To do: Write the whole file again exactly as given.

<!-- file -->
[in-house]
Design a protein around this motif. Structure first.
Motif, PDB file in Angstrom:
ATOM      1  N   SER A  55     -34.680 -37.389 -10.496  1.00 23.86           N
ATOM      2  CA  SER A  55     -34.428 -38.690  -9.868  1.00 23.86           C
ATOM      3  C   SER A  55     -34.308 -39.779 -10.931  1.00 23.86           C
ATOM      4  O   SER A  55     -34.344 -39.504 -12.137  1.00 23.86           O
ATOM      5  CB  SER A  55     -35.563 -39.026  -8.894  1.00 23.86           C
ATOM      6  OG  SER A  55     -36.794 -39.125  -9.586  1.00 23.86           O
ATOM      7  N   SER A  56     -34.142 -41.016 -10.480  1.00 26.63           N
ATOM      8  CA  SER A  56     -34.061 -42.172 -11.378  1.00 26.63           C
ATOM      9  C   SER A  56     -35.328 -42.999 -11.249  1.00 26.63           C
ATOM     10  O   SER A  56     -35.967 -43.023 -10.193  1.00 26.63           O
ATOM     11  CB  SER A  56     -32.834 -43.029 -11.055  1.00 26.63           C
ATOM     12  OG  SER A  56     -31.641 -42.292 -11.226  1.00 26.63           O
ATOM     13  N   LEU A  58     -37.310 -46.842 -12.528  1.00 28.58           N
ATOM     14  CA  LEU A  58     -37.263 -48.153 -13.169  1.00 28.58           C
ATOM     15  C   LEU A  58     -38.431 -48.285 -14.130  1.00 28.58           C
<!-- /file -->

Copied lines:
[in-house]
Design a protein around this motif. Structure first.
Motif, PDB file in Angstrom:
ATOM      1  N   SER A  55     -34.680 -37.389 -10.496  1.00 23.86           N
ATOM      2  CA  SER A  55     -34.428 -38.690  -9.868  1.00 23.86           C
ATOM      3  C   SER A  55     -34.308 -39.779 -10.931  1.00 23.86           C
ATOM      4  O   SER A  55     -34.344 -39.504 -12.137  1.00 23.86           O
ATOM      5  CB  SER A  55     -35.563 -39.026  -8.894  1.00 23.86           C
ATOM      6  OG  SER A  55     -36.794 -39.125  -9.586  1.00 23.86           O
ATOM      7  N   SER A  56     -34.142 -41.016 -10.480  1.00 26.63           N
ATOM      8  CA  SER A  56     -34.061 -42.172 -11.378  1.00 26.63           C
ATOM      9  C   SER A  56     -35.328 -42.999 -11.249  1.00 26.63           C
ATOM     10  O   SER A  56     -35.967 -43.023 -10.193  1.00 26.63           O
ATOM     11  CB  SER A  56     -32.834 -43.029 -11.055  1.00 26.63           C
ATOM     12  OG  SER A  56     -31.641 -42.292 -11.226  1.00 26.63           O
ATOM     13  N   LEU A  58     -37.310 -46.842 -12.528  1.00 28.58           N
ATOM     14  CA  LEU A  58     -37.263 -48.153 -13.169  1.00 28.58           C
ATOM     15  C   LEU A  58     -38.431 -48.285 -14.130  1.00 28.58           C